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Kapitan Blog

Kapitan — rise and shine

I searched for a new tool. Which we can use to ease our Kubernetes configuration management. Here is why I will use Kapitan over Helm, Kustomize or Pulumi.

Why Kapitan?

I searched for a new tool. Which we can use to ease our Kubernetes configuration management. Therefore I personally tested Helm, Kustomize, Pulumi and Kapitan. The duration of every tool test where around one to two weeks.

Helm for me personally was likely the same as Jinja2-templating but in go-templating. Yes I know it is much more but not for my intentions. So I saw not much benefit to switch to it.

Kustomize is a great tool but it requires us to duplicate to much and has more likely a multistage approach.

Pulumi is very powerful when you’re into coding. I did not quite get into it since I’m not a developer or something near it.

Kapitan to me is something like the best of all tools together. It brings a ton of abilities into the mix. You are not bound to one specific templating and can even get use of 3rd parties like helm. You are able to override certain configurations if you need a per stage approach. Kapitan also allows you to generate documentation with the same command.
So as you may get why we decided to get more committed to Kapitan.

by kapitan.dev

Where do we come from?

We currently rendering our Kubernetes templates using a mix of multiple repositories:

  1. Ansible Role for rendering + deployment
  2. Kubernetes configuration templates + value and overrides files
  3. Secrets packages in Ansible-vault which are rendered on top of step 2.

This works pretty well for our current project. But its hard to adopt it to other projects. Also for our internal infrastructure we’re currently on the move from traditional virtual machines into Kubernetes.

So the problem with this approach is that we are very specific with the Ansible-Roles and configurations which can hardly be reused. This is why I decided to search for another tool which can help us out here.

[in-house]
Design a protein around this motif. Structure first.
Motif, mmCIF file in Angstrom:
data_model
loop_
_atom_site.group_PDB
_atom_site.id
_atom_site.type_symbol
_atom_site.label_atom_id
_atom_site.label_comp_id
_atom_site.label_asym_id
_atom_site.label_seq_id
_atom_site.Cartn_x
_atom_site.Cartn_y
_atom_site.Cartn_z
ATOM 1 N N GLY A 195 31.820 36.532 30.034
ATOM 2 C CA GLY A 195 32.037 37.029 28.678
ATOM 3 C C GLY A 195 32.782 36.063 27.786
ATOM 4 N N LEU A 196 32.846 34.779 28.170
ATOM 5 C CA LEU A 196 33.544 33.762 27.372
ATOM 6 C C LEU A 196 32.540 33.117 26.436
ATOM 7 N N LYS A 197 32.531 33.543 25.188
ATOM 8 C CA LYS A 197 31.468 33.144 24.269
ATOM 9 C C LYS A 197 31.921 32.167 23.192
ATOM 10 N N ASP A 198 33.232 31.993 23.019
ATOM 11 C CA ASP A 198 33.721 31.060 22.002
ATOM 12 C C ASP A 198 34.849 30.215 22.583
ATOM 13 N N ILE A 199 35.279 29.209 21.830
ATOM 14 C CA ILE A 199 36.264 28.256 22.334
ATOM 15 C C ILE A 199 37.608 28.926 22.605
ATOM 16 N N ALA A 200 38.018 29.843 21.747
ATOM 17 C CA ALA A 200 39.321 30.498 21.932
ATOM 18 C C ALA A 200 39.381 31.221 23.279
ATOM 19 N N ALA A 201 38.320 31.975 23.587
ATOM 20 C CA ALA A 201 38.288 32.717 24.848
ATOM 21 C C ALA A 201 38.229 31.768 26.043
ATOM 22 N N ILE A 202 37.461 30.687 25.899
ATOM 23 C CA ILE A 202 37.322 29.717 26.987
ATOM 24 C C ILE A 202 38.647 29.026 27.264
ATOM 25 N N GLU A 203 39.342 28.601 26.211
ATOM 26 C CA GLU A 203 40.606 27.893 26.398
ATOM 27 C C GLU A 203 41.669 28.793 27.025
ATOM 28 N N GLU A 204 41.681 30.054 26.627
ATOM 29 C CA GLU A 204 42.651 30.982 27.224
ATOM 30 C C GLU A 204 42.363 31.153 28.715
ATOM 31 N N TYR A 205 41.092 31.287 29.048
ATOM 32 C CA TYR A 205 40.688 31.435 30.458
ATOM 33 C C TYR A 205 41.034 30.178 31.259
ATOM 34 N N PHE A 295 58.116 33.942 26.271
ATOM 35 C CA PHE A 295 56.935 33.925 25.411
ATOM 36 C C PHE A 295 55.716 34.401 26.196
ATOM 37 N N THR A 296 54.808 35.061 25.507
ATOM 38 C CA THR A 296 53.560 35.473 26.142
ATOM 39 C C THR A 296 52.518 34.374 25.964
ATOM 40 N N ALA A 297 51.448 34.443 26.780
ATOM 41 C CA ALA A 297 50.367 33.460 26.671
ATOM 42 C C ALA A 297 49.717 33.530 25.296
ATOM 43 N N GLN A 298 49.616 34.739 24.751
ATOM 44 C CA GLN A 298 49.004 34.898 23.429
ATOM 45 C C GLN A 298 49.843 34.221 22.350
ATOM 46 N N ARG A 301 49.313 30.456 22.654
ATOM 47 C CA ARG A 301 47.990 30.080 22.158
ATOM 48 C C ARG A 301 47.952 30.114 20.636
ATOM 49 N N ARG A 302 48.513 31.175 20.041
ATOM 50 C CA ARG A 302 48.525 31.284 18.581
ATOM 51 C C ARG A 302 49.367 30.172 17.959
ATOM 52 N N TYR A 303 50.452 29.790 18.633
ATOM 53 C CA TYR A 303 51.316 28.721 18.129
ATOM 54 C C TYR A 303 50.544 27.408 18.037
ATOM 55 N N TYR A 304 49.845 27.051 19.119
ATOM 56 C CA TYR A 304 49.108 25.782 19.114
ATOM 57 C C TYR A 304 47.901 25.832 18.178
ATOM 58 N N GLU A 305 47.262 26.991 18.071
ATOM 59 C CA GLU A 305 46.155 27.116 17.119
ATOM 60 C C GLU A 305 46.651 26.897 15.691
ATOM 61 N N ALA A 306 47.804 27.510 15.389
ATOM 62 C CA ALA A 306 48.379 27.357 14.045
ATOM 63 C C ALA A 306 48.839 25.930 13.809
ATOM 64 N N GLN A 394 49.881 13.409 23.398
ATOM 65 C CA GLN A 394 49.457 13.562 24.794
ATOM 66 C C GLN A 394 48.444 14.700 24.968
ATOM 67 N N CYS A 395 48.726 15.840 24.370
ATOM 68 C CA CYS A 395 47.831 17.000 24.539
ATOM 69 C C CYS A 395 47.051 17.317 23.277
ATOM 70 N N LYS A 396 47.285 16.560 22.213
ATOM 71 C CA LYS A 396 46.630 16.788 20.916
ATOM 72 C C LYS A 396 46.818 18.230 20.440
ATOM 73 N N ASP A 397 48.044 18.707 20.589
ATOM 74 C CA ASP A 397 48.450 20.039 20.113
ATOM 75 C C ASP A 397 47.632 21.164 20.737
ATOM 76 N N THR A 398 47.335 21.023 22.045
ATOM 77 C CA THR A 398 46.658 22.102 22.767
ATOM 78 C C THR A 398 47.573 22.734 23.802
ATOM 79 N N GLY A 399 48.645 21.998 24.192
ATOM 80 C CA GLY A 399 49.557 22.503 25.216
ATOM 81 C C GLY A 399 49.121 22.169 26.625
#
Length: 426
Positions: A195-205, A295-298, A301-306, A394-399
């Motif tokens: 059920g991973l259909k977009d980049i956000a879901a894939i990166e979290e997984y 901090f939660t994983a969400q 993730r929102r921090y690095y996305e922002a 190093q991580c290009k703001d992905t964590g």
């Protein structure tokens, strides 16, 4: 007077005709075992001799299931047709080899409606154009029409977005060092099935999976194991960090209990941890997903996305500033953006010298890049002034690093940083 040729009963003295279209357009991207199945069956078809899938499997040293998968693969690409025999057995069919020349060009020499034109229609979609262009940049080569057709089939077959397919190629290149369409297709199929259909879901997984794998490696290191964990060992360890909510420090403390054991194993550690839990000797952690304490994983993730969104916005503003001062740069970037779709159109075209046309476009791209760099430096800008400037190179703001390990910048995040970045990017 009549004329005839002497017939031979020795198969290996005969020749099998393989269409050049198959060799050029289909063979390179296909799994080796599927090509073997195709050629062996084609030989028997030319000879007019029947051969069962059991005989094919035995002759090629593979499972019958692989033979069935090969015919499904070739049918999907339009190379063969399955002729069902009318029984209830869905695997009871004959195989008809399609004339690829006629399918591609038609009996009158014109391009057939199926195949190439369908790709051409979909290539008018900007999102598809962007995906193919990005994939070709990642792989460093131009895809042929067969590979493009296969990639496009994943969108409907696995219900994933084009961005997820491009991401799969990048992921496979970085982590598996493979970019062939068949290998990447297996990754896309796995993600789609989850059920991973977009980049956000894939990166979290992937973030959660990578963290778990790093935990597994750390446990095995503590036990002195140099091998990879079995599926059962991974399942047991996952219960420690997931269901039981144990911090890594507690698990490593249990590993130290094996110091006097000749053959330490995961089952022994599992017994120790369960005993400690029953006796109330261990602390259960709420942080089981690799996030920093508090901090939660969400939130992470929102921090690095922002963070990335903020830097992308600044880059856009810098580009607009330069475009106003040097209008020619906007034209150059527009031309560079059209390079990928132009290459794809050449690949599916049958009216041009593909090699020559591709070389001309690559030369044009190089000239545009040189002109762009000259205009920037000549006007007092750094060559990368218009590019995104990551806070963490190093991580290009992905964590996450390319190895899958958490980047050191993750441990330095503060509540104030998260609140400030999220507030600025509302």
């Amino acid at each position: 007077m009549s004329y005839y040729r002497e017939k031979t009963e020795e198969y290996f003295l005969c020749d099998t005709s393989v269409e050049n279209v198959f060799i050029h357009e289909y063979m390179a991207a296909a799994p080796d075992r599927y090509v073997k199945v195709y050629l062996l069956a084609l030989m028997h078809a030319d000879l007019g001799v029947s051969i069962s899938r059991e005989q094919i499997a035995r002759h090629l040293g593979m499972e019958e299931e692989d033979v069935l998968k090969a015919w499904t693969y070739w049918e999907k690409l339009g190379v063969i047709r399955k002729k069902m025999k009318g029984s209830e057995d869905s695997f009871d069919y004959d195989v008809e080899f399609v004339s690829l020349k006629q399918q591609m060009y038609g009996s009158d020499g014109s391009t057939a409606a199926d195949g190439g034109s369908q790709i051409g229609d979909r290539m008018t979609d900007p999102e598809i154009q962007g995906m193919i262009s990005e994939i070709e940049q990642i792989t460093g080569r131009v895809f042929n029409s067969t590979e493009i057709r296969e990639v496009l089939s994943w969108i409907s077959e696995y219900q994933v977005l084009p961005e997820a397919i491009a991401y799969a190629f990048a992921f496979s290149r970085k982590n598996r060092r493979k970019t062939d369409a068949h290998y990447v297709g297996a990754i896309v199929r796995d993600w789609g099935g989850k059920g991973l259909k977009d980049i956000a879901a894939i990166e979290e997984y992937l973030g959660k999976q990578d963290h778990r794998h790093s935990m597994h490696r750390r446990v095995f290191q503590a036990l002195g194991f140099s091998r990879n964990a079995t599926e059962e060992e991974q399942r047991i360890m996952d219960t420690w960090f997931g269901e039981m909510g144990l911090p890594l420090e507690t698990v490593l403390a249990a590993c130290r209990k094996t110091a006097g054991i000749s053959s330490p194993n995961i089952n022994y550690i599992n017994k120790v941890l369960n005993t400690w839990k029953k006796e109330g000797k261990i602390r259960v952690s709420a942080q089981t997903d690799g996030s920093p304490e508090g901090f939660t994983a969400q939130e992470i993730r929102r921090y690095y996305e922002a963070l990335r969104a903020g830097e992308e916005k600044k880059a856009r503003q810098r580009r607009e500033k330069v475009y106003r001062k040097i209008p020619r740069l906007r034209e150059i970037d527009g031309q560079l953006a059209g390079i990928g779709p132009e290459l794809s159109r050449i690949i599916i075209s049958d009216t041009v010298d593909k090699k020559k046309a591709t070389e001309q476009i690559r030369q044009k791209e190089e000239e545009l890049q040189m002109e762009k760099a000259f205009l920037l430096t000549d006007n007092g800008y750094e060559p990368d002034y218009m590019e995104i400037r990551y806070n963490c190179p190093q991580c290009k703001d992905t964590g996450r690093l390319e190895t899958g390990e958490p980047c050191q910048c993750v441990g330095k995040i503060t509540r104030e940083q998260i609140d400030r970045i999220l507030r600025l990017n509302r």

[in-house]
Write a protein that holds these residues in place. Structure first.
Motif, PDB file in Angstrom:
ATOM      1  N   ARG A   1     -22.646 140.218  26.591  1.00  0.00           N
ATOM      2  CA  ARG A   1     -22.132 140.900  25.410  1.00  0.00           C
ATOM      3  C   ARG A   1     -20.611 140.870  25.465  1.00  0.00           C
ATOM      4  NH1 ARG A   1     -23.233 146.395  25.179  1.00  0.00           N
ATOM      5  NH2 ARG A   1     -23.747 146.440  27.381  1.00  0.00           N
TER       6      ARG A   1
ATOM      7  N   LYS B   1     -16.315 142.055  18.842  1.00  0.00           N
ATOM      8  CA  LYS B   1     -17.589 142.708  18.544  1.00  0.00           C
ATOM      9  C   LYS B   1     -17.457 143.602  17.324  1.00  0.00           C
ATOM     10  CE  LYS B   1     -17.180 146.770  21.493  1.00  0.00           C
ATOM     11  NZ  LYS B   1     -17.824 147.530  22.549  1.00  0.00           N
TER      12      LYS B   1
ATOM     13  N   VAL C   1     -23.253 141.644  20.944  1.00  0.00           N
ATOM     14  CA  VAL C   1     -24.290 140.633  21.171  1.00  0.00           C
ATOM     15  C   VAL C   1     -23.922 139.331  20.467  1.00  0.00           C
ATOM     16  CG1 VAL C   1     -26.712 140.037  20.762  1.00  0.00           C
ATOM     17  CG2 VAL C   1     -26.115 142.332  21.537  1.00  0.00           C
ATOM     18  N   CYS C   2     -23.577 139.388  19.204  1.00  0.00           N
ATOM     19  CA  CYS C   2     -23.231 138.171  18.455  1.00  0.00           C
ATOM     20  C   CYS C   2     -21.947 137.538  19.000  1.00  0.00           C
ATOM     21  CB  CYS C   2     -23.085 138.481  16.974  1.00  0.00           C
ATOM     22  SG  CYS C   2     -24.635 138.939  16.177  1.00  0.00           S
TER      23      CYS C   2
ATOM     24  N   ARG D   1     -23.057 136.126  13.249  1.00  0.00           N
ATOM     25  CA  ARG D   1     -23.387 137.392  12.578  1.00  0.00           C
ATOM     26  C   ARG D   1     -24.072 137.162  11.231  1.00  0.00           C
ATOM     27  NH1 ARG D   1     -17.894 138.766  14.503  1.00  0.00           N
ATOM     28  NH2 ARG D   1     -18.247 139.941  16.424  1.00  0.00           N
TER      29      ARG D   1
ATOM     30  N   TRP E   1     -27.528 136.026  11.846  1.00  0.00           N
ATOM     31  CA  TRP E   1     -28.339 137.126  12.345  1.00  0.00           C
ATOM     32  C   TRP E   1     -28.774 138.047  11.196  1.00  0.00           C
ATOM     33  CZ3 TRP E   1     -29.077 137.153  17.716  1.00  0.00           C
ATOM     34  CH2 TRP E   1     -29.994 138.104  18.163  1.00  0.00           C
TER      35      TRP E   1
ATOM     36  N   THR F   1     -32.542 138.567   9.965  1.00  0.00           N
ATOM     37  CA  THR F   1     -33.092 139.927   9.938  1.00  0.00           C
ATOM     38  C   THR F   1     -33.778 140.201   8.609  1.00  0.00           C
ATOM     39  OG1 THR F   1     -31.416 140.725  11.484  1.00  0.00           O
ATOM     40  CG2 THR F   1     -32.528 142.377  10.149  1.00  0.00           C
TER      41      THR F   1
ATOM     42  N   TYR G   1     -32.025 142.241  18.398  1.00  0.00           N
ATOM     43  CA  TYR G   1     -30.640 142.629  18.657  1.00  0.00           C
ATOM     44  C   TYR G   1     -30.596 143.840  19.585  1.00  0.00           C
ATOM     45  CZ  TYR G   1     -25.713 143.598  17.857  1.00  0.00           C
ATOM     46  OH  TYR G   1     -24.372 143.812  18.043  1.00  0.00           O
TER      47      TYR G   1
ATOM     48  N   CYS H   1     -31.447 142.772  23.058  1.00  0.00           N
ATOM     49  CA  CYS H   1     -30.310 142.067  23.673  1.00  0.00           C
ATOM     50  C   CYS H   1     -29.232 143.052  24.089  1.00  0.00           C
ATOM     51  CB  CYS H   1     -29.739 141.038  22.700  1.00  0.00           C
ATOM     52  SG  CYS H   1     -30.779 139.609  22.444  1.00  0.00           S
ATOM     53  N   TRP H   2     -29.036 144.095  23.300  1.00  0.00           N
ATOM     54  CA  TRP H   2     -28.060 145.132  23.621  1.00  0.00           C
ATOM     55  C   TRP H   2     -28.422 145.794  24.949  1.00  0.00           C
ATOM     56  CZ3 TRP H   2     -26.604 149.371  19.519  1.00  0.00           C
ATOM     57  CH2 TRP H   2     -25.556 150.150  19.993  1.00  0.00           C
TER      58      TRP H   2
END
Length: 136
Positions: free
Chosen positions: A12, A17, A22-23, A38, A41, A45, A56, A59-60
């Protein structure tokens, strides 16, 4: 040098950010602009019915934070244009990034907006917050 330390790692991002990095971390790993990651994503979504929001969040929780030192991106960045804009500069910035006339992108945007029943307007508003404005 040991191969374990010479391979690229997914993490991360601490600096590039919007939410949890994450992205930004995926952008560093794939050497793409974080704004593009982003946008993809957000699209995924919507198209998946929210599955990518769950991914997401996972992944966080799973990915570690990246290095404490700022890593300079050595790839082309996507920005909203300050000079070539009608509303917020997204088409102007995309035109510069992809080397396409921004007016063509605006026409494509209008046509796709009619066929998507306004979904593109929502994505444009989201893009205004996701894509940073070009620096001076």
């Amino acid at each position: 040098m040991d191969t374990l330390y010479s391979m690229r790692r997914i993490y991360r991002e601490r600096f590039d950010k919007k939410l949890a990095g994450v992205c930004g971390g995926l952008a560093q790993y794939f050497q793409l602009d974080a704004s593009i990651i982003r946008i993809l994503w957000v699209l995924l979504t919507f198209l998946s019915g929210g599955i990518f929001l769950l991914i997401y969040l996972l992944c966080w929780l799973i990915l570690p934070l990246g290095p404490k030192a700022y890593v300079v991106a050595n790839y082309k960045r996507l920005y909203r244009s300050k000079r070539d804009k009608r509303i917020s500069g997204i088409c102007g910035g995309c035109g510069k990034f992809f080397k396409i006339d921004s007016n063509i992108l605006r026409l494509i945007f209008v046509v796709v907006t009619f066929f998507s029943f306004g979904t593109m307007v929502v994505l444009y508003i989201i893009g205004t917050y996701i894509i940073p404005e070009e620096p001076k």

Where to start with Kapitan?

You want to get your hands on with Kapitan? Well lets get it going

Wrap your head around their blog posts

These posts are a good starting point, since they are made by developer and so you can get an Idea of what Kapitan is capable of:

Watch the Introduction video to Kapitan

Make use of the Kapitan reference examples

When you have an idea of how Kapitan can help you, then you might want to get it going for the first time.
The maintainer prepared a reference-repository where you can find examples hopefully for your https://github.com/kapicorp/kapitan-reference

$ git clone https://github.com/kapicorp/kapitan-reference.git
Cloning into 'kapitan-reference'...
[...]
$ cd kapitan-reference
$ ./kapitan compile
Compiled examples/global (0.32s)
Compiled examples/mysql (0.34s)
Compiled examples/postgres-proxy (0.35s)
Compiled examples/pritunl (0.37s)
Compiled examples/gke-pvm-killer (0.13s)
Compiled examples/tutorial (0.16s)
Compiled examples/echo-server (0.17s)
Compiled examples/examples (0.16s)
Compiled kapicorp/tesoro (0.17s)
Compiled examples/sock-shop (0.38s)
Compiled kapicorp/dev-sockshop (0.35s)
Compiled kapicorp/prod-sockshop (0.36s)

This pull the currently latest docker image of Kapitan and render all the examples for you.

Congrats! You run your first successful compilation of Kapitan. You can now explore the examples and their compiled artefacts.

by kapitan.dev

Is that all?

Hopefully not!
I’d like to post full example of how you can achieve certain goals with Kapitan. At first I’d like to start on how you can adopt the Kapitan features one by one. Meaning that I will show you how to work with secrets, configmaps, render documentation and how you can easily adopt helm charts with Kapitan.

Cheers

Sources:

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